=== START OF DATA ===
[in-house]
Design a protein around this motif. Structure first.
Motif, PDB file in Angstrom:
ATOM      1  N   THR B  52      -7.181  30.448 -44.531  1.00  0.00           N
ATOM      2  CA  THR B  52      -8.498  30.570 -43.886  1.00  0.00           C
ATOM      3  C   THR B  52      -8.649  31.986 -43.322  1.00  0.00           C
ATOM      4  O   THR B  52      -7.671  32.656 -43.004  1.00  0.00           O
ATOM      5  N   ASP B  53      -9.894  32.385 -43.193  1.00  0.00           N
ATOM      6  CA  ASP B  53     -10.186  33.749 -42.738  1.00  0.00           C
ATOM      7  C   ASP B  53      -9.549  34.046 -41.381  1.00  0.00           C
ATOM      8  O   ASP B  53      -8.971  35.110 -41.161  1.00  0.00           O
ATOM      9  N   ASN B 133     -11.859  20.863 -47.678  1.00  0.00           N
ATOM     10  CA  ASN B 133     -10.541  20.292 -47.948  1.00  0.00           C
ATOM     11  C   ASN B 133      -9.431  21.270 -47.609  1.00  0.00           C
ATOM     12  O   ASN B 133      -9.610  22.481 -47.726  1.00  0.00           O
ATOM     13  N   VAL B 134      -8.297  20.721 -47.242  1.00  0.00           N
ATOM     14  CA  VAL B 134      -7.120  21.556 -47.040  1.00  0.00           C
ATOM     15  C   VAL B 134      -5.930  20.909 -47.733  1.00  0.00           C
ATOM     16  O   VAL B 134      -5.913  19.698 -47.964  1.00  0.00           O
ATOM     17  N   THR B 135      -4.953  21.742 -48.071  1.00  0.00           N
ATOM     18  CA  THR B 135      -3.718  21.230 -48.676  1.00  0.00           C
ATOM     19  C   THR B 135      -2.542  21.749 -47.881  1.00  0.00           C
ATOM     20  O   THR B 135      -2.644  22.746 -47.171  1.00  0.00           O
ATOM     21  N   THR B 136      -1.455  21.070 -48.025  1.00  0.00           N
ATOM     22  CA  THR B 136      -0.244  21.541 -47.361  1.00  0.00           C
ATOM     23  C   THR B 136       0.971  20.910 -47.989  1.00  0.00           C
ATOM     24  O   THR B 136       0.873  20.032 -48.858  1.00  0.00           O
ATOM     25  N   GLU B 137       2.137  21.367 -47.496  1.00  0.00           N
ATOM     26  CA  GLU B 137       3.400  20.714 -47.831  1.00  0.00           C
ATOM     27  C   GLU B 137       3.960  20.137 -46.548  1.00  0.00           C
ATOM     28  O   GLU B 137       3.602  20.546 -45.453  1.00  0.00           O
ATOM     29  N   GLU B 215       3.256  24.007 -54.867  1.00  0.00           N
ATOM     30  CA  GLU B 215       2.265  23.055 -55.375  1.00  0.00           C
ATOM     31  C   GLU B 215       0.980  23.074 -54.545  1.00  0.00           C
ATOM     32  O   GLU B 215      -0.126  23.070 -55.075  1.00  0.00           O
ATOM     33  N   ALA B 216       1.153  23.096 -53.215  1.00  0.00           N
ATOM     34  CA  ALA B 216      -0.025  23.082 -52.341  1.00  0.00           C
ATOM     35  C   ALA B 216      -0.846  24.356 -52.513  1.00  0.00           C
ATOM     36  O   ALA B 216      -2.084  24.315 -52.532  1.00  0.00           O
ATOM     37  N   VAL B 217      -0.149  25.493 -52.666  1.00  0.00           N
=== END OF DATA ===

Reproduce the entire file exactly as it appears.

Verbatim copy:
[in-house]
Design a protein around this motif. Structure first.
Motif, PDB file in Angstrom:
ATOM      1  N   THR B  52      -7.181  30.448 -44.531  1.00  0.00           N
ATOM      2  CA  THR B  52      -8.498  30.570 -43.886  1.00  0.00           C
ATOM      3  C   THR B  52      -8.649  31.986 -43.322  1.00  0.00           C
ATOM      4  O   THR B  52      -7.671  32.656 -43.004  1.00  0.00           O
ATOM      5  N   ASP B  53      -9.894  32.385 -43.193  1.00  0.00           N
ATOM      6  CA  ASP B  53     -10.186  33.749 -42.738  1.00  0.00           C
ATOM      7  C   ASP B  53      -9.549  34.046 -41.381  1.00  0.00           C
ATOM      8  O   ASP B  53      -8.971  35.110 -41.161  1.00  0.00           O
ATOM      9  N   ASN B 133     -11.859  20.863 -47.678  1.00  0.00           N
ATOM     10  CA  ASN B 133     -10.541  20.292 -47.948  1.00  0.00           C
ATOM     11  C   ASN B 133      -9.431  21.270 -47.609  1.00  0.00           C
ATOM     12  O   ASN B 133      -9.610  22.481 -47.726  1.00  0.00           O
ATOM     13  N   VAL B 134      -8.297  20.721 -47.242  1.00  0.00           N
ATOM     14  CA  VAL B 134      -7.120  21.556 -47.040  1.00  0.00           C
ATOM     15  C   VAL B 134      -5.930  20.909 -47.733  1.00  0.00           C
ATOM     16  O   VAL B 134      -5.913  19.698 -47.964  1.00  0.00           O
ATOM     17  N   THR B 135      -4.953  21.742 -48.071  1.00  0.00           N
ATOM     18  CA  THR B 135      -3.718  21.230 -48.676  1.00  0.00           C
ATOM     19  C   THR B 135      -2.542  21.749 -47.881  1.00  0.00           C
ATOM     20  O   THR B 135      -2.644  22.746 -47.171  1.00  0.00           O
ATOM     21  N   THR B 136      -1.455  21.070 -48.025  1.00  0.00           N
ATOM     22  CA  THR B 136      -0.244  21.541 -47.361  1.00  0.00           C
ATOM     23  C   THR B 136       0.971  20.910 -47.989  1.00  0.00           C
ATOM     24  O   THR B 136       0.873  20.032 -48.858  1.00  0.00           O
ATOM     25  N   GLU B 137       2.137  21.367 -47.496  1.00  0.00           N
ATOM     26  CA  GLU B 137       3.400  20.714 -47.831  1.00  0.00           C
ATOM     27  C   GLU B 137       3.960  20.137 -46.548  1.00  0.00           C
ATOM     28  O   GLU B 137       3.602  20.546 -45.453  1.00  0.00           O
ATOM     29  N   GLU B 215       3.256  24.007 -54.867  1.00  0.00           N
ATOM     30  CA  GLU B 215       2.265  23.055 -55.375  1.00  0.00           C
ATOM     31  C   GLU B 215       0.980  23.074 -54.545  1.00  0.00           C
ATOM     32  O   GLU B 215      -0.126  23.070 -55.075  1.00  0.00           O
ATOM     33  N   ALA B 216       1.153  23.096 -53.215  1.00  0.00           N
ATOM     34  CA  ALA B 216      -0.025  23.082 -52.341  1.00  0.00           C
ATOM     35  C   ALA B 216      -0.846  24.356 -52.513  1.00  0.00           C
ATOM     36  O   ALA B 216      -2.084  24.315 -52.532  1.00  0.00           O
ATOM     37  N   VAL B 217      -0.149  25.493 -52.666  1.00  0.00           N